VIETNAM: The government faced widespread street demonstrations on Sunday, a rarity in the communist country, over the mass die-off of fish along 125 miles of Vietnam's coastline (BBC). Many protesters blamed an offshoot of Taiwan's Formosa steel company, which ran a waste pipe that flowed into the sea in Ha Tinh province (Bloomberg).


U.S., India Discuss Cooperation in Submarine Tracking

Officials in the two countries are in talks to help one another track submarine activity in the Indian Ocean (Reuters) in a move seen as a response to China's growing maritime activity in the region.  

PAKISTAN: Five years after a team of U.S. Navy Seals assassinated Osama bin Laden in a nighttime raid, Pakistani doctor Shakil Afridi, who helped locate the al-Qaeda leader, is still in jail (AFP). Afridi ran a fake Hepatitis C vaccination program to obtain genetic material in the area where bin Laden was hiding.


Kerry in Geneva to Revive Cease-fire in Syria

U.S. Secretary of State John Kerry arrived in Geneva Sunday during what he called "critical hours" to resurrect a cease-fire in Syria and quell attacks in the city of Aleppo (VOA). Meanwhile, Turkish drones and cross-border shelling killed thirty-four people, according to the military, which said the dead were militants from the self-proclaimed Islamic State (Reuters).

This CFR Interactive discusses the main events in Syria's five-year civil war.


Nigerian Military Tells Boko Haram Fighters to Surrender as Sambisa Operation Underway

The Nigerian military said that Boko Haram militants would enjoy "humane treatment" if they relinquished their weapons and surrendered (Premium Times) as the military begins an offensive into the Sambisa forest against remnants of the militant group hiding there.  

This CFR Global Conflict Tracker discusses the rise of Boko Haram in Nigeria.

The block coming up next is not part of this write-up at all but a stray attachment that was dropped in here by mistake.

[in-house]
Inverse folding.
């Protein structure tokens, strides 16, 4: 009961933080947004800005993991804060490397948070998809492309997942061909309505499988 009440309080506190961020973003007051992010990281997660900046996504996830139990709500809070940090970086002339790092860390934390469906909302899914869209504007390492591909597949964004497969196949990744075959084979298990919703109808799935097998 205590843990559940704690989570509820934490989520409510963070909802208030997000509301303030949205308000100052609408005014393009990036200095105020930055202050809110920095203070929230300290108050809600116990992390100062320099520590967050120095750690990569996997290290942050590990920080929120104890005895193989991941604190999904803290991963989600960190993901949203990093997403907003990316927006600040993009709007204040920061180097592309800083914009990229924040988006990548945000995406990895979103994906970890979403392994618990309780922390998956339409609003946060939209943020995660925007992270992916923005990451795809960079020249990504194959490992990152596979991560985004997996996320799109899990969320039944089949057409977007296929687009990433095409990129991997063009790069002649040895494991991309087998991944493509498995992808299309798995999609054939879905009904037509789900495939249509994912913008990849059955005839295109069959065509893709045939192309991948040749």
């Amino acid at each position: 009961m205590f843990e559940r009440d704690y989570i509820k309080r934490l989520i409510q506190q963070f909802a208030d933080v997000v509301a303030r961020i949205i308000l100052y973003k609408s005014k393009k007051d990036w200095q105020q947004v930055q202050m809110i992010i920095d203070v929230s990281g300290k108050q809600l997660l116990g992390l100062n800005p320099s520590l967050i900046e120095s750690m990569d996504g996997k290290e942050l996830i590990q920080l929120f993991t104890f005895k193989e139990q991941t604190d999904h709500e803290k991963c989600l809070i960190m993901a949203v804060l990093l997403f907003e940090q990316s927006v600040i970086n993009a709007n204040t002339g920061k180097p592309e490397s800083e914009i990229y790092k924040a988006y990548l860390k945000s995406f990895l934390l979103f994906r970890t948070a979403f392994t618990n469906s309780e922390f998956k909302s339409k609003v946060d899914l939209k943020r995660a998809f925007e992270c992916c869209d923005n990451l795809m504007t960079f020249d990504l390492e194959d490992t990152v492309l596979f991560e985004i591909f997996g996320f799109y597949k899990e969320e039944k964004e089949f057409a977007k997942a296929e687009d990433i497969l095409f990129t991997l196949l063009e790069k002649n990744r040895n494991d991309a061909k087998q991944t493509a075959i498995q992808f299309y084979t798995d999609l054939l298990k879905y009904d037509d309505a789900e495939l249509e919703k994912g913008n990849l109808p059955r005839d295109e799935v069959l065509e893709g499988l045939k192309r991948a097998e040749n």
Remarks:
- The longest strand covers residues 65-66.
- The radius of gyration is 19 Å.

MOZAMBIQUE: Mozambican leaders are facing what analysts are describing as the country's worst crisis since the end of its civil war following revelations that state entities took out undisclosed loans worth 10 percent of the country's GDP (FT). The loans go against the country's agreements with international donors and its own budgetary ceilings.


Greenpeace Leaks Documents on U.S.-EU Trade Deal

The Dutch chapter of environmental activist group Greenpeace on Monday published what it said were 248 pages of the latest negotiating text of a trade deal between the United States and the European Union (NYT). Greenpeace said the documents show U.S. negotiators pressing their European counterparts to loosen environmental and consumer protections.

GERMANY: The right-wing populist Alternative for Germany party adopted an anti-Islam platform after a vote by party members (France24). The party said that "Islam is not a part of Germany" and called for a ban on minarets, calls to prayer, and headscarves in schools.

This CFR workshop explored the noneconomic foreign policy implications of the U.S.-EU trade deal.


Venezuelan President Calls for ‘Rebellion’ if Opposition’s Referendum Succeeds

President Nicolás Maduro called for a general strike and "rebellion" if opposition members successfully push through a recall vote to oust him from office (AFP). The opposition is expected on Tuesday to present ten times the necessary number of signatures to initiate a recall vote.

CUBA: A U.S. cruise ship on Sunday departed Miami for Cuba, the first such voyage in half a century (LAHT).